Don't get me wrong. Rand was a great political philosopher. She was just a crappy fiction writer. Her ideas were great; even her plot "hooks" were great (the producers of society go on strike when collectivists take over; the world's greatest architect blows up a building that he designed when collectivists ruin his vision). But she couldn't get that into any interesting form.
And form is king.
I read her books when I was in high school, then college, and I thought they were pretty bad even back then. As I re-read her tortured and miserable prose today in preparation for this review, I could only hear Eric Cartman's "Awesome-O Voice" saying "I. Am. John. Galt. I. will. bore. the. collectivists. to. death. and. save. the. world. with. lots. of. words. saying. the. same. thing. over. and. over. With. Uhm. Adam. Sandler."
"I. Am. Awesome-0."
For instance, there is Francisco d'Aconia's uber-long and oft-quoted speech on money. Great philosophy. Lousy fiction. Google it, people have posted it. I won't bore you with the text, even though I totally agree with the philosophy. I just think the writing - which is supposed to be entertaining fiction - is lousy. Francisco sounds like Dagny sounds like Reardon. And everyone sounds like Awesome-O.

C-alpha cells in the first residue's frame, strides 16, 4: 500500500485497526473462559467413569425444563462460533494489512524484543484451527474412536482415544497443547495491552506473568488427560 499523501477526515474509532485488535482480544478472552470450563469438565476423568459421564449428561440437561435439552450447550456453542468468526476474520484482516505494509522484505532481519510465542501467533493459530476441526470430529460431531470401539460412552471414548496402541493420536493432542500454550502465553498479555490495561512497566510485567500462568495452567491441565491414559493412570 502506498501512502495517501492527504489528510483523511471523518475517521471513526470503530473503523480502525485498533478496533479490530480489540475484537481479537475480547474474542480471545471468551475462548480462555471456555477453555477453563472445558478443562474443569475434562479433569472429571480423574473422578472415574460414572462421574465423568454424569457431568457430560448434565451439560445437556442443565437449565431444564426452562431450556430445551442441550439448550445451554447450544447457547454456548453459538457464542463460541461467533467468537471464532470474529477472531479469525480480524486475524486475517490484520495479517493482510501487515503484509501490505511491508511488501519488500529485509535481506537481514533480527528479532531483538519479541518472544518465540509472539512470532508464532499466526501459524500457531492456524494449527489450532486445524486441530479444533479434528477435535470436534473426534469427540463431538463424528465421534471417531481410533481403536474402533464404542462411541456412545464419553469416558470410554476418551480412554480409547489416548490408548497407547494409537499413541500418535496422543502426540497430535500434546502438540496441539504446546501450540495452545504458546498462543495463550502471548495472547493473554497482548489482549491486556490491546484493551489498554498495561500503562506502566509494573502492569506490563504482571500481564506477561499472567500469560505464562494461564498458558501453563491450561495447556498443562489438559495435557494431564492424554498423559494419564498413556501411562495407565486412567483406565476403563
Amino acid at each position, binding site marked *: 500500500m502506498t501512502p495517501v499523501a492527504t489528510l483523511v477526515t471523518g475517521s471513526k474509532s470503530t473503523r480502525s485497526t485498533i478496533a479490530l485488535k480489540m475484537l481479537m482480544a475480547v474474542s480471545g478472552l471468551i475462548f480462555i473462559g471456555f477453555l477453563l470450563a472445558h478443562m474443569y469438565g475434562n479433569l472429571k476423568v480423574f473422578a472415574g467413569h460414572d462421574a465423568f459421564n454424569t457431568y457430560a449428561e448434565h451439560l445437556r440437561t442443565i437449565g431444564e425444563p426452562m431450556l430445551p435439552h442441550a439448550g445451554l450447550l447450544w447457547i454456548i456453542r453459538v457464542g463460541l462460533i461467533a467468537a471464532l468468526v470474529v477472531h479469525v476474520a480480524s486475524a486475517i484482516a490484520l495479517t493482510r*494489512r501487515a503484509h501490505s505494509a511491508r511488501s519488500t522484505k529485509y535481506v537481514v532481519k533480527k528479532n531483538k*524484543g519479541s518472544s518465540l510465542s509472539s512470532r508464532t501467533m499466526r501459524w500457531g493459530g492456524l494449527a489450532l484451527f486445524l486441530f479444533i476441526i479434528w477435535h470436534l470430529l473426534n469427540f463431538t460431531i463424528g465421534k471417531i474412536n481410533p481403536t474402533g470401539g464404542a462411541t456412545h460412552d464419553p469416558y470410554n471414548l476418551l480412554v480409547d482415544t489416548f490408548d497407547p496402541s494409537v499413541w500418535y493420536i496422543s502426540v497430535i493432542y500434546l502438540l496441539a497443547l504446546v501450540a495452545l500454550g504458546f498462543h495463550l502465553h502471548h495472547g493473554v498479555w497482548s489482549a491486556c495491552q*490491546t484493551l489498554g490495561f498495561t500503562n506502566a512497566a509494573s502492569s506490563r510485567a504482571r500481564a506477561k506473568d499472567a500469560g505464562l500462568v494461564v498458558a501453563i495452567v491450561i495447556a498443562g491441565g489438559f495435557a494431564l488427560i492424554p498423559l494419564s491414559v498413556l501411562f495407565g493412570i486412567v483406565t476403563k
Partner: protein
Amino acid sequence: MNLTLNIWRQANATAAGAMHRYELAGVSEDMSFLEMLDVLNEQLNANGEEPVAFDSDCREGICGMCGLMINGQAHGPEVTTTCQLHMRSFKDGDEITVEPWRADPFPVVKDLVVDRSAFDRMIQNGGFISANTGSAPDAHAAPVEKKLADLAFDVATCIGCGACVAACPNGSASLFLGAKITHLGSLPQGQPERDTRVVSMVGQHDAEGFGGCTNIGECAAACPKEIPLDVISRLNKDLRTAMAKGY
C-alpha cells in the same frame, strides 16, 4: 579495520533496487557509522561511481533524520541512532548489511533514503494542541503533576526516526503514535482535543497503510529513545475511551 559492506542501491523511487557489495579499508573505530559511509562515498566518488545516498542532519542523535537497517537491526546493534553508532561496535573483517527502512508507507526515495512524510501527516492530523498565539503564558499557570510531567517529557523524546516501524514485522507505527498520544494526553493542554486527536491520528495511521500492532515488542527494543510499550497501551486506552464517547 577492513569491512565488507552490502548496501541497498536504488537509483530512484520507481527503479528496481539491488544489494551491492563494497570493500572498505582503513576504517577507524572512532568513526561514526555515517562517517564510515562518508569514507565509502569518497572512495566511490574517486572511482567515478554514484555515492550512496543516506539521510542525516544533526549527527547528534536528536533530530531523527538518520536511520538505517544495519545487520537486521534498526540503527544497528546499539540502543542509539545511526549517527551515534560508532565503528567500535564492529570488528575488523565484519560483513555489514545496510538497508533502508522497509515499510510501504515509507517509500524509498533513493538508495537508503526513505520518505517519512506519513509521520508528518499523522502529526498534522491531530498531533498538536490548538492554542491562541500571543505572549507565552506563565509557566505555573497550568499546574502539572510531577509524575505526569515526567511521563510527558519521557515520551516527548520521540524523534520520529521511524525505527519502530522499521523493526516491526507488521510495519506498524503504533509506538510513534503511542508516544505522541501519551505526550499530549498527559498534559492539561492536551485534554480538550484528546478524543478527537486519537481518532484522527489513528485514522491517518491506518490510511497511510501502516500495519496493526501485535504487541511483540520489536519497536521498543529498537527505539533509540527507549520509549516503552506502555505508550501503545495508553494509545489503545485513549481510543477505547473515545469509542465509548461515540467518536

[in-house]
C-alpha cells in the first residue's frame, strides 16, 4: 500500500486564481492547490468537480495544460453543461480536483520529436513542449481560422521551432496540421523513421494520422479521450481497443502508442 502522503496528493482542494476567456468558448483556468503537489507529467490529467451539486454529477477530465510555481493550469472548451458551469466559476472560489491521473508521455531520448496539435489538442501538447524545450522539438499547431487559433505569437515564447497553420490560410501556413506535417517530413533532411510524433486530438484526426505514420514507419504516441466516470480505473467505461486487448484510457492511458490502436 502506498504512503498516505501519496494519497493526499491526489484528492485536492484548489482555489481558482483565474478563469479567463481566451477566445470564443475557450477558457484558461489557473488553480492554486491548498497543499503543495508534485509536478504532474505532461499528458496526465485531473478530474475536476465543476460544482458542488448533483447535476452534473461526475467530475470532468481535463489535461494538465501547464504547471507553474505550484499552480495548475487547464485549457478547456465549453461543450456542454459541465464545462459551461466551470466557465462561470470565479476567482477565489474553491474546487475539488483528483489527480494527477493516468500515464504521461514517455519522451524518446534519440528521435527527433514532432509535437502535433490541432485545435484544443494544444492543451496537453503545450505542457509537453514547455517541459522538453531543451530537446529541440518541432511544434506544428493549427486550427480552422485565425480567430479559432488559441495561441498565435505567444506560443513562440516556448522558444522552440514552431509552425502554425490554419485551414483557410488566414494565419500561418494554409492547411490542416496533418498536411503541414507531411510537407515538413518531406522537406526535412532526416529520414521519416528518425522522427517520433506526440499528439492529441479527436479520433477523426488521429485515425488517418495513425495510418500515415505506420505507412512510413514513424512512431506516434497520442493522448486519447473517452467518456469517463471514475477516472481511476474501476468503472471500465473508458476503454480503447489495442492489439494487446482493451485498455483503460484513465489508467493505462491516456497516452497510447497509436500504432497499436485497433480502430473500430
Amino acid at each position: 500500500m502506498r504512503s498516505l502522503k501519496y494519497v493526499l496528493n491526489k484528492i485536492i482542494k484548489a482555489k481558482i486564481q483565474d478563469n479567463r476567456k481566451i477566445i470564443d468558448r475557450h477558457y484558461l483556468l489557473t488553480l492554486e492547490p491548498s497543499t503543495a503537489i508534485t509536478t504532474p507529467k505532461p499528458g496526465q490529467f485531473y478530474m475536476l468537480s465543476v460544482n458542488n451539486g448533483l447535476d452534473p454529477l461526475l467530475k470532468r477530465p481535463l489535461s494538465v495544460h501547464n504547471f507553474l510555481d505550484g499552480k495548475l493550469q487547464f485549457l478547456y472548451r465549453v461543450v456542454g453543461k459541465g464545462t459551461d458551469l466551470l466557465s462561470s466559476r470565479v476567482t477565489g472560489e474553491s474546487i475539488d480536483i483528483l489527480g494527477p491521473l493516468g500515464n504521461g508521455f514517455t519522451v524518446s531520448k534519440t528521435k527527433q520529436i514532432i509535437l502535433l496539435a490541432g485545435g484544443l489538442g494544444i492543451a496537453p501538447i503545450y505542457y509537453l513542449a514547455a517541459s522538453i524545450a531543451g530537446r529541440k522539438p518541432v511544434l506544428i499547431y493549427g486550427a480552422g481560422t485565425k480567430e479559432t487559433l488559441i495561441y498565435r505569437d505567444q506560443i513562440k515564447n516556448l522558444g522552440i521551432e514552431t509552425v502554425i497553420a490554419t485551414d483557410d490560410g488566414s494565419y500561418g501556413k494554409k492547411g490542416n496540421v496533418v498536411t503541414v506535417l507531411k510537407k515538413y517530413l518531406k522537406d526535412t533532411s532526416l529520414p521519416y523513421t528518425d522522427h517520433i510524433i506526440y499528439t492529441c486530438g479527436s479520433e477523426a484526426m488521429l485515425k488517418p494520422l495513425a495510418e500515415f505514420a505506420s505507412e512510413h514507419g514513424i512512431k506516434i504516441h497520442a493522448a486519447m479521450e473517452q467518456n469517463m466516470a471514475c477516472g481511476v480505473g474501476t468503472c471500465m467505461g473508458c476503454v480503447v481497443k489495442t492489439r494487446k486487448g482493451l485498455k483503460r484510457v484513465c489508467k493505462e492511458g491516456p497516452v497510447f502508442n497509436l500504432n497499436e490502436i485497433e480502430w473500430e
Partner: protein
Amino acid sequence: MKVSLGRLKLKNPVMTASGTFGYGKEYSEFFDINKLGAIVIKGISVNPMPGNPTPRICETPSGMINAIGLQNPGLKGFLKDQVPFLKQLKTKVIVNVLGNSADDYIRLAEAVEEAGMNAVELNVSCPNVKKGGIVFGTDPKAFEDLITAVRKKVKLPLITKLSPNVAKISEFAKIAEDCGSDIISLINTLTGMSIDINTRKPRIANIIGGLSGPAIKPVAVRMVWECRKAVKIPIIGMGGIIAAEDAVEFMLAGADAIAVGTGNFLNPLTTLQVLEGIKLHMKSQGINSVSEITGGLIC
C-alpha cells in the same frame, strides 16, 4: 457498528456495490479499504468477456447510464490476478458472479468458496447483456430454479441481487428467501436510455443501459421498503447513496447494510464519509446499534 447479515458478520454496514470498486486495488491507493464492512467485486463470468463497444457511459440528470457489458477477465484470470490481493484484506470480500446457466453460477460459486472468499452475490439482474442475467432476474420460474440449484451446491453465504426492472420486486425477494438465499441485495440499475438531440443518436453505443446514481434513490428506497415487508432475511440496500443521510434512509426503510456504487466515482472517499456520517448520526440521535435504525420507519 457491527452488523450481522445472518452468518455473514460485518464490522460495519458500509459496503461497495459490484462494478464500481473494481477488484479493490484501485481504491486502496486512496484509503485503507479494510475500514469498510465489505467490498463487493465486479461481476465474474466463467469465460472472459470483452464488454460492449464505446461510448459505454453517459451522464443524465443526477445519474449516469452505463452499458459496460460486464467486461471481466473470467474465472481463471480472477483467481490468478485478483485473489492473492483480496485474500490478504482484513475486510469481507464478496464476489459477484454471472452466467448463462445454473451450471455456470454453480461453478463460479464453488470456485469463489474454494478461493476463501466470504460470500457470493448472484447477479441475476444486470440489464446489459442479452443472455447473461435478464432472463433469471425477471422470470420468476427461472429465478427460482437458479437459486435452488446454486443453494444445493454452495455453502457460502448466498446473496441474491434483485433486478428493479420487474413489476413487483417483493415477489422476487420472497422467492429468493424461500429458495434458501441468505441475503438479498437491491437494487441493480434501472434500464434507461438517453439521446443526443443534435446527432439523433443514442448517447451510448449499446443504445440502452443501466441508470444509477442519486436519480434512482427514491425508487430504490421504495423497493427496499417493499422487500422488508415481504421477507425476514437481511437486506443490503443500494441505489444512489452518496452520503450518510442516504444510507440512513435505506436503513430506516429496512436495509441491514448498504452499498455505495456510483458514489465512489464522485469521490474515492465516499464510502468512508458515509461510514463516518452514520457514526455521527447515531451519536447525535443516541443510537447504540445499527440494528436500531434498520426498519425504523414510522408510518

Dear Ghost of Ayn Rand: form should equal function. It's not just WHAT you say (which is great), it's HOW you say it (which sucks) that makes a great work of art.
So to the movie.
Look, before I go on, let me make things perfectly clear. It would be great for me if "Atlas Shrugged: Part 1" was a good movie and went like gangbusters. It would be great for me to honestly say, "Wow! What a work of art!" and the film gets them into the theaters in droves. Then I wouldn't look like I was sour-graping the thing.
Also, an "Atlas Shrugged" success might entice some of those damned goofy libertarian-objectivist-conservatives like the Koch Brothers to get off their asses and invest in movies that celebrate freedom, which are the kind of movies I want to do. Instead they spend their time throwing their money away by donating (yeah. Donating. WTF? Are they libertarian-conservative-objectivists or not? Shouldn't they f'ing INVEST? Why not bust out some koom-bah-yah and granola while you're at it, guys?) to political action committees and smarmy politicians. This does nothing to change the pop culture, which is where freedom is losing -- worse than big time. We need more guys like the one who invested in this movie (only with better taste in directors).
Instead, all of our freedoms are being eroded away because of our current pop-culture. John Stewart and Stephen Colbert are doing more to destroy freedom than Obama ever could, and no amount of donating to think-tanks and goofy PACs is going to save things.